Not all negative impacts caused by speed can be immediately translated into twisted metal and loss of human life – a silent, lesser-known toll falls on our environment and health: impact of CO2 emissions.
Think about this way: in the average car, gasoline consumption increases by 25 per cent when the speed limit on expressways rises from 88 km/h to 112 km/h. As a result of a higher speed, NOx emissions also start to increase at 77 km/h and carbon monoxide emissions start to increase at 88 km/h, according to the National Highway Traffic Safety Administration (NHTSA).
More alarmingly, transport is the only sector whose greenhouse emissions increased between 1990 and 2008. Overall transport-based GHG output rose 25 per cent in 32 European Union countries (excluding international maritime and aviation sectors), accounting for 19.5 per cent of total emissions. CO2 is the main component of transport greenhouse gas emissions (99 per cent) and road transport is, in turn, the largest contributor to these emissions (around 94 per cent in 2008), thus accounting for 18.2 per cent of total emissions.
Despite the impact of speed-based emissions, many jurisdictions around the world, including some U.S. states, have instead raised their highway speed limit – with expected negative effects.
In Wyoming, where the speed limit was raised from 104 km/h to 120 km/h, the Environmental Protection Agency (EPA) anticipates that NOX emissions will increase by 22 per cent, CO2 emissions by 17 per cent, and VOC emissions by 6 per cent. In Delaware, where the speed limit was raised from 88 km/h to 104 km/h, NOX is expected to increase by 1 per cent, CO2 by 1 per cent, and VOC by 3 per cent, respectively. In the United States overall, changes in speed limits will result in a 6 per cent increase in NOX, a 7 per cent increase in CO2, and a 2 per cent increase in VOC. Keep in mind, this is excluding older and heavy-duty diesel vehicles, which emit significantly more particles than gasoline vehicles. While there are no precise estimates on particle emissions, the EPA maintains that such emissions will rise as speed is increased.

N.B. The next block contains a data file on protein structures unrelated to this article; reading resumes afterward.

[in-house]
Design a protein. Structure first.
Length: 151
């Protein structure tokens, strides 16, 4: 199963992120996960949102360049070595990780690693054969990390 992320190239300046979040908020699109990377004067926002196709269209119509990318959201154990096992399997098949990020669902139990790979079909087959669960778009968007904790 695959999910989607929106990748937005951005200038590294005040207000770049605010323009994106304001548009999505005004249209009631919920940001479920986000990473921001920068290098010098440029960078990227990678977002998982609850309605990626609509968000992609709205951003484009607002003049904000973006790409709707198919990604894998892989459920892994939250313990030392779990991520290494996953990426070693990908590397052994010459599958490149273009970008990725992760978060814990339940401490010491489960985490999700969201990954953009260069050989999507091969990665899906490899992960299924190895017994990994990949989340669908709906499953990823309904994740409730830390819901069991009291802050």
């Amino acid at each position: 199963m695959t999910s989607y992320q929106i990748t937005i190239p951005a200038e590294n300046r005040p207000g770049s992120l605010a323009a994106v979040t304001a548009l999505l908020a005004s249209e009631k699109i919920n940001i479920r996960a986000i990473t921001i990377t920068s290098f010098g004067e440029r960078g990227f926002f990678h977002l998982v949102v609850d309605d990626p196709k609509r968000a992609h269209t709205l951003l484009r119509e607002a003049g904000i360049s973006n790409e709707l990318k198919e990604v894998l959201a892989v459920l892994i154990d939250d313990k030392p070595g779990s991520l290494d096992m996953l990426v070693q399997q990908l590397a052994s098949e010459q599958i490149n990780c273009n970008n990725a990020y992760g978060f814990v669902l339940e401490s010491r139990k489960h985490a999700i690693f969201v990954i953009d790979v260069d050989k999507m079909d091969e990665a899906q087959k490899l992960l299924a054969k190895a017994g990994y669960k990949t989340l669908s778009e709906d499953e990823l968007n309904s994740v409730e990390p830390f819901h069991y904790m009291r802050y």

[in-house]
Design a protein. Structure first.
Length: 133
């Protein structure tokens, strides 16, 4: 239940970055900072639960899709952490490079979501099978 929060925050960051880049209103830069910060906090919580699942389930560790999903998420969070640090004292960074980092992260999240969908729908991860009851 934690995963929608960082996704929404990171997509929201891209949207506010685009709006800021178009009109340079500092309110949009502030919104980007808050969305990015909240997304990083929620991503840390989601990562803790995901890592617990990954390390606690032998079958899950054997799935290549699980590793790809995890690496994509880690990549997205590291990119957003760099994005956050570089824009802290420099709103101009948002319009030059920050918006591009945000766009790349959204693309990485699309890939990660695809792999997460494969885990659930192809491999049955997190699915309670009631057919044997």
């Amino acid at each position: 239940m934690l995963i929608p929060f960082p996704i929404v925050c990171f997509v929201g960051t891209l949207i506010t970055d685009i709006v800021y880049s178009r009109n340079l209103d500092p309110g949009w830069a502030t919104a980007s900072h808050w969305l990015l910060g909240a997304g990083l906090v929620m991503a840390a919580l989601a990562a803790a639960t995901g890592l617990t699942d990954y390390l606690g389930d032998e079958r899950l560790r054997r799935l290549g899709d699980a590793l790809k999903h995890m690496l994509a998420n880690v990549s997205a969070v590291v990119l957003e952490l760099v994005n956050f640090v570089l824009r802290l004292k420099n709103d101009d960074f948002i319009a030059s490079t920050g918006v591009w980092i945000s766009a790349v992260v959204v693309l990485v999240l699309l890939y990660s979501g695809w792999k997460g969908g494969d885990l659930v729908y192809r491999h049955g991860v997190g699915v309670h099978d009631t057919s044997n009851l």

Cutting motorway speed limits naturally has its benefits to fuel consumption as well. Reducing speeds from 120 to 110 km/h could deliver fuel savings for current passenger cars of 12–18 per cent, assuming smooth driving and 100 per cent compliance with speed limits. In more realistic terms however, relaxing savings would be closer to 2–3 per cent on average.
Fortunately, Viion provides different types of automated speed enforcement solutions, such as the TrafficCam and TrafficCam 3D, depending on the application, location and size of deployment. The impact of reducing speed by just 10 km/h is still profound; for example, decreasing speed from 90 km/h to 80 km/h results in a reduction of 700 grams per kilometer of CO2 emissions, or 21 per cent.
In addition to reducing speed in jurisdictions world-wide, our traffic cameras can also provide vital traffic data and metrics to local transport authorities that seek to modernize their cities and reduce air pollution.